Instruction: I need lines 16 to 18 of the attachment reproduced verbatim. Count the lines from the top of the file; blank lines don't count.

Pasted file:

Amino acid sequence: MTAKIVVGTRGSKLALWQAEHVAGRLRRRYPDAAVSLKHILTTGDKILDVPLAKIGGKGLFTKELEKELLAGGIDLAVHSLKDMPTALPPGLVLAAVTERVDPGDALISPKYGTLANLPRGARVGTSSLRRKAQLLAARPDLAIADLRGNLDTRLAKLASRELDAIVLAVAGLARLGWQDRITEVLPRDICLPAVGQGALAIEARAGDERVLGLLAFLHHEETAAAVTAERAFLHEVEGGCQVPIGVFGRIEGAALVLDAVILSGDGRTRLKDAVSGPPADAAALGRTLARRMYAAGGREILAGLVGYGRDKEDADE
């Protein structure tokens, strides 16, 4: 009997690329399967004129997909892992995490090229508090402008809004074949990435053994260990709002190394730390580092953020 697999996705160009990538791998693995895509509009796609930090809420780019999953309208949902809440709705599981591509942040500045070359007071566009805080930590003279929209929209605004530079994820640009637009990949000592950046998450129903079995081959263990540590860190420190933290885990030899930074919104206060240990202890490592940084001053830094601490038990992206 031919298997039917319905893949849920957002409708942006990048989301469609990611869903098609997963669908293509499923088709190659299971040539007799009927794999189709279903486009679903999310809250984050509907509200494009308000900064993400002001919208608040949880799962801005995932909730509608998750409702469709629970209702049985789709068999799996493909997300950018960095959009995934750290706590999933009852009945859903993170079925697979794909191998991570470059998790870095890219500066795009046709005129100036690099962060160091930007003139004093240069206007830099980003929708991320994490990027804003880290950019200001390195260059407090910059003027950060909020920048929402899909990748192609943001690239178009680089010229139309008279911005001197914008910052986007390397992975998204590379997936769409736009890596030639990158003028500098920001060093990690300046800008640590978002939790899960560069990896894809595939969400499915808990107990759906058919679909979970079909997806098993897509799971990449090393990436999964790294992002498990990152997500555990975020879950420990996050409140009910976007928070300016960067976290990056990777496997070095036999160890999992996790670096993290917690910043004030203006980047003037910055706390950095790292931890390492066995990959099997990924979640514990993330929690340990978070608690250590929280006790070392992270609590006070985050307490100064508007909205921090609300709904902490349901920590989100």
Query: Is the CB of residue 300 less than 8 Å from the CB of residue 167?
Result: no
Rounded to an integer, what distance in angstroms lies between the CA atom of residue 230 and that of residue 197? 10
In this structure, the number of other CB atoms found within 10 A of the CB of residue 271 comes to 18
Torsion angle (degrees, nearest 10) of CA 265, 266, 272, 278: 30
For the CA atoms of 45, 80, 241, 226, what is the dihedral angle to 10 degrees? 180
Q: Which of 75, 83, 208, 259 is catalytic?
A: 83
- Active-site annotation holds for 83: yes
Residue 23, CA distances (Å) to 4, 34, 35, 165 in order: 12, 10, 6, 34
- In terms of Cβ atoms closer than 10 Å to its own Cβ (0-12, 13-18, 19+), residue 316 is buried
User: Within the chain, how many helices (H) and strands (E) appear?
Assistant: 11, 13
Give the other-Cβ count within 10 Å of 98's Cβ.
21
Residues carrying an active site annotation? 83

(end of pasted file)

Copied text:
Give the other-Cβ count within 10 Å of 98's Cβ.
21
Residues carrying an active site annotation? 83